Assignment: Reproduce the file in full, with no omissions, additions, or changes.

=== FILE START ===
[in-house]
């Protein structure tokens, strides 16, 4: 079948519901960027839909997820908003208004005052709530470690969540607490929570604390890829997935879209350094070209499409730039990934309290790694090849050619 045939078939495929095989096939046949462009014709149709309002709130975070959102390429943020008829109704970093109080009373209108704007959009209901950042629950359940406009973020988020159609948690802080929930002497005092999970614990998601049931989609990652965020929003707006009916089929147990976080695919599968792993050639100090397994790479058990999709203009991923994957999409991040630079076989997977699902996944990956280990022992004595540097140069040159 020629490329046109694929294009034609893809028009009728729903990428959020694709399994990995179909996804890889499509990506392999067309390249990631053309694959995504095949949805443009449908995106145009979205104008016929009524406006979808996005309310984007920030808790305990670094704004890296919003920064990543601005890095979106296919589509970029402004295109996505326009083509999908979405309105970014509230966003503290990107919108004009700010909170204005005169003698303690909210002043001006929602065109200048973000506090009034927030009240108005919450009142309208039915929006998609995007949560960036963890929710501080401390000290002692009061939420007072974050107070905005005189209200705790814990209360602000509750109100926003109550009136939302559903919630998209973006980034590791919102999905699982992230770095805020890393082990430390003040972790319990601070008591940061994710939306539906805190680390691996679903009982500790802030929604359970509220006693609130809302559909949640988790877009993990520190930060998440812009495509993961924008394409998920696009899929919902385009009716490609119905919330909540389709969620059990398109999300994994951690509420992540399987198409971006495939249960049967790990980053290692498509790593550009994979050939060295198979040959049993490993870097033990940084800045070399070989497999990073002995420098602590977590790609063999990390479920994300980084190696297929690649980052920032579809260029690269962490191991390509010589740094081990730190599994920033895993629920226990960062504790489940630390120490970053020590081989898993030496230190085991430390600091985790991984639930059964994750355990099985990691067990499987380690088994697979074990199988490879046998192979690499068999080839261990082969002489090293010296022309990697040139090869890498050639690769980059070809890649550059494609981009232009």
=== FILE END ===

[in-house]
């Protein structure tokens, strides 16, 4: 079948519901960027839909997820908003208004005052709530470690969540607490929570604390890829997935879209350094070209499409730039990934309290790694090849050619 045939078939495929095989096939046949462009014709149709309002709130975070959102390429943020008829109704970093109080009373209108704007959009209901950042629950359940406009973020988020159609948690802080929930002497005092999970614990998601049931989609990652965020929003707006009916089929147990976080695919599968792993050639100090397994790479058990999709203009991923994957999409991040630079076989997977699902996944990956280990022992004595540097140069040159 020629490329046109694929294009034609893809028009009728729903990428959020694709399994990995179909996804890889499509990506392999067309390249990631053309694959995504095949949805443009449908995106145009979205104008016929009524406006979808996005309310984007920030808790305990670094704004890296919003920064990543601005890095979106296919589509970029402004295109996505326009083509999908979405309105970014509230966003503290990107919108004009700010909170204005005169003698303690909210002043001006929602065109200048973000506090009034927030009240108005919450009142309208039915929006998609995007949560960036963890929710501080401390000290002692009061939420007072974050107070905005005189209200705790814990209360602000509750109100926003109550009136939302559903919630998209973006980034590791919102999905699982992230770095805020890393082990430390003040972790319990601070008591940061994710939306539906805190680390691996679903009982500790802030929604359970509220006693609130809302559909949640988790877009993990520190930060998440812009495509993961924008394409998920696009899929919902385009009716490609119905919330909540389709969620059990398109999300994994951690509420992540399987198409971006495939249960049967790990980053290692498509790593550009994979050939060295198979040959049993490993870097033990940084800045070399070989497999990073002995420098602590977590790609063999990390479920994300980084190696297929690649980052920032579809260029690269962490191991390509010589740094081990730190599994920033895993629920226990960062504790489940630390120490970053020590081989898993030496230190085991430390600091985790991984639930059964994750355990099985990691067990499987380690088994697979074990199988490879046998192979690499068999080839261990082969002489090293010296022309990697040139090869890498050639690769980059070809890649550059494609981009232009």